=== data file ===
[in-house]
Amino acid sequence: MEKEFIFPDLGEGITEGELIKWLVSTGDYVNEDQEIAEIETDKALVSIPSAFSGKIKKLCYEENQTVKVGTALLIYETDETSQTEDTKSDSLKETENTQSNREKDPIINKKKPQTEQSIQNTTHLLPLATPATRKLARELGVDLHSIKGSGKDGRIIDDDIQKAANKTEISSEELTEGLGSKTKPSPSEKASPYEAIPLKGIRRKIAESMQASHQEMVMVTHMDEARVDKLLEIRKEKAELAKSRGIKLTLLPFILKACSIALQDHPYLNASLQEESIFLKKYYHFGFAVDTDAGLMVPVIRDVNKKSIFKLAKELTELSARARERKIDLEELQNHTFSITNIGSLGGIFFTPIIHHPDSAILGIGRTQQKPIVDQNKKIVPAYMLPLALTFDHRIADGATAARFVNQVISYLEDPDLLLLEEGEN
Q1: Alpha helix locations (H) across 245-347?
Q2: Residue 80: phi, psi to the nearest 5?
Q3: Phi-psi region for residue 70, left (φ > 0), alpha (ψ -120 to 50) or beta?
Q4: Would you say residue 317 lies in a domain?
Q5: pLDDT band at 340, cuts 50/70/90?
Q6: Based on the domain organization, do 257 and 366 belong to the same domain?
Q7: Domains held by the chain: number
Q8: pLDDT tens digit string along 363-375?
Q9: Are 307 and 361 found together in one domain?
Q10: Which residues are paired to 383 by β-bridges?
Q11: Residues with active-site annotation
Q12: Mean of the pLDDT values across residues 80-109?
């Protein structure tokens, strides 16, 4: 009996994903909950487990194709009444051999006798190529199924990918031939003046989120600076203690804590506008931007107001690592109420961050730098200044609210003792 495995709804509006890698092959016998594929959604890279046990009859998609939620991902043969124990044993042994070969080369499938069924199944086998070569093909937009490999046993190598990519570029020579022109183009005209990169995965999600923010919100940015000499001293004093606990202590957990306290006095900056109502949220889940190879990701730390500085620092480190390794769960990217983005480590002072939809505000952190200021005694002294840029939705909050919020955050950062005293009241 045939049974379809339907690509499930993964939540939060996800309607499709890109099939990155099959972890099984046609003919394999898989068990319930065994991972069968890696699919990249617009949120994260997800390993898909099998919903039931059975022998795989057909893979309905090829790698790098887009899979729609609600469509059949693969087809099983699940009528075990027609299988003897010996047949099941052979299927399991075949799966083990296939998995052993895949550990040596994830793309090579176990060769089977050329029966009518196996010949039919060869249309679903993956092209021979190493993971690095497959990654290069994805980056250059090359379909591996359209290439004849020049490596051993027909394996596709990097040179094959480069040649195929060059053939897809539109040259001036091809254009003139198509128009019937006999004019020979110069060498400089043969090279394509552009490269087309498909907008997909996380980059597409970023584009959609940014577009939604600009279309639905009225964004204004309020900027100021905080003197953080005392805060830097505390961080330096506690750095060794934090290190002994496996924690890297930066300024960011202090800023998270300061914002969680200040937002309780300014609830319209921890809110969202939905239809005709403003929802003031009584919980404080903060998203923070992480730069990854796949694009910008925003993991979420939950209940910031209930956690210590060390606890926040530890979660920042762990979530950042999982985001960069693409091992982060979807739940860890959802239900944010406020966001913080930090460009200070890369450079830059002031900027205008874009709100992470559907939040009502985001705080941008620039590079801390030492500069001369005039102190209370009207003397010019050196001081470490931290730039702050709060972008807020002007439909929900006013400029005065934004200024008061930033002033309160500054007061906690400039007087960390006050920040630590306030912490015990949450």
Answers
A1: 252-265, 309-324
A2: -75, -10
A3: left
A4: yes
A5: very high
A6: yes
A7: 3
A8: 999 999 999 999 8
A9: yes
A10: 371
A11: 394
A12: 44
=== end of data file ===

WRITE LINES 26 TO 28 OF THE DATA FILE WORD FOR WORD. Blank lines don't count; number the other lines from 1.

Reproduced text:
A10: 371
A11: 394
A12: 44